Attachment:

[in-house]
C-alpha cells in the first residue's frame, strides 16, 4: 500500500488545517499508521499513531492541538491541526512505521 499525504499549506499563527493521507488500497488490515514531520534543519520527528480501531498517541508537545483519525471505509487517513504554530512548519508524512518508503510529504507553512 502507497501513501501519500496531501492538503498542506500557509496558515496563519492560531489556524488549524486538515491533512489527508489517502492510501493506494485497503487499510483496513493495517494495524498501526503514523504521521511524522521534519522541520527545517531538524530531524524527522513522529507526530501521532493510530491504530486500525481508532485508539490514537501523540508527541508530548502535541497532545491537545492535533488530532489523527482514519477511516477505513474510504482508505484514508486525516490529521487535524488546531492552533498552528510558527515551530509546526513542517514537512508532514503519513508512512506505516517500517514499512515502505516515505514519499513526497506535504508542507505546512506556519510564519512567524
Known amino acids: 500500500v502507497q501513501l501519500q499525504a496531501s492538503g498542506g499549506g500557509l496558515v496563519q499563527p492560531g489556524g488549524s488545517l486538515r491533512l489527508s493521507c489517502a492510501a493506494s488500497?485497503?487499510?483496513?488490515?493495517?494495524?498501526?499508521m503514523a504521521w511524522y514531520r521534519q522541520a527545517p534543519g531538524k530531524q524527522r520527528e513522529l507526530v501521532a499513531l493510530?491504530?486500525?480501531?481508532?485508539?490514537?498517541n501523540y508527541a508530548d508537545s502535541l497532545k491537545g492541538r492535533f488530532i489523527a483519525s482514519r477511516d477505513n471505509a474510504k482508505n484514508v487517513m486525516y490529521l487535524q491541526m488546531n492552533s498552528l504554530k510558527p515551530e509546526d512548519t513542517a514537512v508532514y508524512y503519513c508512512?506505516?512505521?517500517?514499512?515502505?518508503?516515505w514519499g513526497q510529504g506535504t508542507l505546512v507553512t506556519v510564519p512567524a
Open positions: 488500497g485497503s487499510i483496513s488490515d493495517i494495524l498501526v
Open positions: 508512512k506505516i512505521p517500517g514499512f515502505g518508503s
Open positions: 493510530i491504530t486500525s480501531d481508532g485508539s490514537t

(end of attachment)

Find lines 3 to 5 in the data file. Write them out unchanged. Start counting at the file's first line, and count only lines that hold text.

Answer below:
Known amino acids: 500500500v502507497q501513501l501519500q499525504a496531501s492538503g498542506g499549506g500557509l496558515v496563519q499563527p492560531g489556524g488549524s488545517l486538515r491533512l489527508s493521507c489517502a492510501a493506494s488500497?485497503?487499510?483496513?488490515?493495517?494495524?498501526?499508521m503514523a504521521w511524522y514531520r521534519q522541520a527545517p534543519g531538524k530531524q524527522r520527528e513522529l507526530v501521532a499513531l493510530?491504530?486500525?480501531?481508532?485508539?490514537?498517541n501523540y508527541a508530548d508537545s502535541l497532545k491537545g492541538r492535533f488530532i489523527a483519525s482514519r477511516d477505513n471505509a474510504k482508505n484514508v487517513m486525516y490529521l487535524q491541526m488546531n492552533s498552528l504554530k510558527p515551530e509546526d512548519t513542517a514537512v508532514y508524512y503519513c508512512?506505516?512505521?517500517?514499512?515502505?518508503?516515505w514519499g513526497q510529504g506535504t508542507l505546512v507553512t506556519v510564519p512567524a
Open positions: 488500497g485497503s487499510i483496513s488490515d493495517i494495524l498501526v
Open positions: 508512512k506505516i512505521p517500517g514499512f515502505g518508503s